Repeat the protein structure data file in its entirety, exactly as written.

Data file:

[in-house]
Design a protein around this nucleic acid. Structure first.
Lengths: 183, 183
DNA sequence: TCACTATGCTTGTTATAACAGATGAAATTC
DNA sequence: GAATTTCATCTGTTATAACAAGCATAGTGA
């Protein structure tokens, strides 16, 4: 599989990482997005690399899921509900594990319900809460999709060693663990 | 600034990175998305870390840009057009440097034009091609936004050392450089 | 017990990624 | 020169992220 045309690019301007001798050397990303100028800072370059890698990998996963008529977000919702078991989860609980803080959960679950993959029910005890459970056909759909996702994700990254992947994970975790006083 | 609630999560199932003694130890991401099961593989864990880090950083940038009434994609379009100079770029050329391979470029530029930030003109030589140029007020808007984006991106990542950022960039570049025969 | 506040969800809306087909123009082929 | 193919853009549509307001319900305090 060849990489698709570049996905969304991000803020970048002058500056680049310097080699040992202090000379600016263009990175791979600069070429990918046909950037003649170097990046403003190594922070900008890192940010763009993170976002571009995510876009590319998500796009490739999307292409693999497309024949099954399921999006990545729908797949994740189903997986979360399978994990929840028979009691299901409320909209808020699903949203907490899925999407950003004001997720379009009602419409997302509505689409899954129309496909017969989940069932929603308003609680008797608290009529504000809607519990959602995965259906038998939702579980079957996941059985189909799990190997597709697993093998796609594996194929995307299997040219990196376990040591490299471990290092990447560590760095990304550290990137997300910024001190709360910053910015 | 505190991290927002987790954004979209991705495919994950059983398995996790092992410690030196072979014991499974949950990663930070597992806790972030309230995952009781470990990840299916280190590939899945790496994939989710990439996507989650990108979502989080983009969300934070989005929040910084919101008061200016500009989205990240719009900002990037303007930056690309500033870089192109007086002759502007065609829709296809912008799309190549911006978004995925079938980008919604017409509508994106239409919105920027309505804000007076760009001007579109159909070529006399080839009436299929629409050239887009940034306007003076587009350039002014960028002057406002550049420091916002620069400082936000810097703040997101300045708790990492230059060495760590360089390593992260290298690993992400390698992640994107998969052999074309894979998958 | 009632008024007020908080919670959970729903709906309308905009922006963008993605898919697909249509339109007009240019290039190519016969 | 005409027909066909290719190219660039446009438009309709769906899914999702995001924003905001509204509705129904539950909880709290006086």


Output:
[in-house]
Design a protein around this nucleic acid. Structure first.
Lengths: 183, 183
DNA sequence: TCACTATGCTTGTTATAACAGATGAAATTC
DNA sequence: GAATTTCATCTGTTATAACAAGCATAGTGA
């Protein structure tokens, strides 16, 4: 599989990482997005690399899921509900594990319900809460999709060693663990 | 600034990175998305870390840009057009440097034009091609936004050392450089 | 017990990624 | 020169992220 045309690019301007001798050397990303100028800072370059890698990998996963008529977000919702078991989860609980803080959960679950993959029910005890459970056909759909996702994700990254992947994970975790006083 | 609630999560199932003694130890991401099961593989864990880090950083940038009434994609379009100079770029050329391979470029530029930030003109030589140029007020808007984006991106990542950022960039570049025969 | 506040969800809306087909123009082929 | 193919853009549509307001319900305090 060849990489698709570049996905969304991000803020970048002058500056680049310097080699040992202090000379600016263009990175791979600069070429990918046909950037003649170097990046403003190594922070900008890192940010763009993170976002571009995510876009590319998500796009490739999307292409693999497309024949099954399921999006990545729908797949994740189903997986979360399978994990929840028979009691299901409320909209808020699903949203907490899925999407950003004001997720379009009602419409997302509505689409899954129309496909017969989940069932929603308003609680008797608290009529504000809607519990959602995965259906038998939702579980079957996941059985189909799990190997597709697993093998796609594996194929995307299997040219990196376990040591490299471990290092990447560590760095990304550290990137997300910024001190709360910053910015 | 505190991290927002987790954004979209991705495919994950059983398995996790092992410690030196072979014991499974949950990663930070597992806790972030309230995952009781470990990840299916280190590939899945790496994939989710990439996507989650990108979502989080983009969300934070989005929040910084919101008061200016500009989205990240719009900002990037303007930056690309500033870089192109007086002759502007065609829709296809912008799309190549911006978004995925079938980008919604017409509508994106239409919105920027309505804000007076760009001007579109159909070529006399080839009436299929629409050239887009940034306007003076587009350039002014960028002057406002550049420091916002620069400082936000810097703040997101300045708790990492230059060495760590360089390593992260290298690993992400390698992640994107998969052999074309894979998958 | 009632008024007020908080919670959970729903709906309308905009922006963008993605898919697909249509339109007009240019290039190519016969 | 005409027909066909290719190219660039446009438009309709769906899914999702995001924003905001509204509705129904539950909880709290006086």